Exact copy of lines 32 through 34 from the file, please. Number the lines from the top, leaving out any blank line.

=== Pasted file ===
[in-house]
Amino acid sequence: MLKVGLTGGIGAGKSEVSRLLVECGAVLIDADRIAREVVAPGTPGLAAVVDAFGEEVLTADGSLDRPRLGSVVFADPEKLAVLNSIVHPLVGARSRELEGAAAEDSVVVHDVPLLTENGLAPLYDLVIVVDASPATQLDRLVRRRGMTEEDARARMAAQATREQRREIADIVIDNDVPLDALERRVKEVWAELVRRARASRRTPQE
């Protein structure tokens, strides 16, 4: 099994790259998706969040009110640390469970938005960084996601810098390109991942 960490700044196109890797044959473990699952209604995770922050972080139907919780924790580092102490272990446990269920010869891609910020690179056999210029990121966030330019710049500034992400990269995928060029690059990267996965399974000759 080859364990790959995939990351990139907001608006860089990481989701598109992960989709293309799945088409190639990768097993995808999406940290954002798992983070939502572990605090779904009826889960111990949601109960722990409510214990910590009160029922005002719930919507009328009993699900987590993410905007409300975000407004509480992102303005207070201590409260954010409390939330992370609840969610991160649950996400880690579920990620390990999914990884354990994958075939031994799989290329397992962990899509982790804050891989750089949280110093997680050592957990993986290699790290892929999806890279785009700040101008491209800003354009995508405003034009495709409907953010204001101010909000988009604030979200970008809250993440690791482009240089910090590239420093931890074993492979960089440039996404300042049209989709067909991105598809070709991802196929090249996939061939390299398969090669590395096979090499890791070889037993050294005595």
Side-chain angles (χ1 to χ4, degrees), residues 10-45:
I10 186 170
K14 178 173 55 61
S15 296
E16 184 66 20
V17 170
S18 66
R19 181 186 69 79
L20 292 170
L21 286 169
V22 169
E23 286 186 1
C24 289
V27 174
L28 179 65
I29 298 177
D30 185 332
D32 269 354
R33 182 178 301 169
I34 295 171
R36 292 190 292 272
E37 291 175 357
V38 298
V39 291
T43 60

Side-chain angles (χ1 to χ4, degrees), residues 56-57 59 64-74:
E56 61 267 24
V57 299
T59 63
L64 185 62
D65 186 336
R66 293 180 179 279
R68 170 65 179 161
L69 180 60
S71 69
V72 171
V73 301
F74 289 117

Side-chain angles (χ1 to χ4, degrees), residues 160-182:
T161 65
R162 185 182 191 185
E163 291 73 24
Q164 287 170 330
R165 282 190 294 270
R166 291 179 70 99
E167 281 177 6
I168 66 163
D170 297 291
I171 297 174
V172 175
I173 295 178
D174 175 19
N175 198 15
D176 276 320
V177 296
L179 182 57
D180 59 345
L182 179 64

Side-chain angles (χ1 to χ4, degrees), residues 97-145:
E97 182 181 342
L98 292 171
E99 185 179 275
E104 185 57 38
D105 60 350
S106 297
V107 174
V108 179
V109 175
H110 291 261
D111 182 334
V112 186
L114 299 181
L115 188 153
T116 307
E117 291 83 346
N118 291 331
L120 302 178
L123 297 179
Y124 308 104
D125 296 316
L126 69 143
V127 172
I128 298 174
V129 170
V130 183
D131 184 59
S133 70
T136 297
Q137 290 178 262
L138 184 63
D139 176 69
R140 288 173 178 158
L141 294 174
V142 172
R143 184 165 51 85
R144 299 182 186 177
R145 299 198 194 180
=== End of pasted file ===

T59 63
L64 185 62
D65 186 336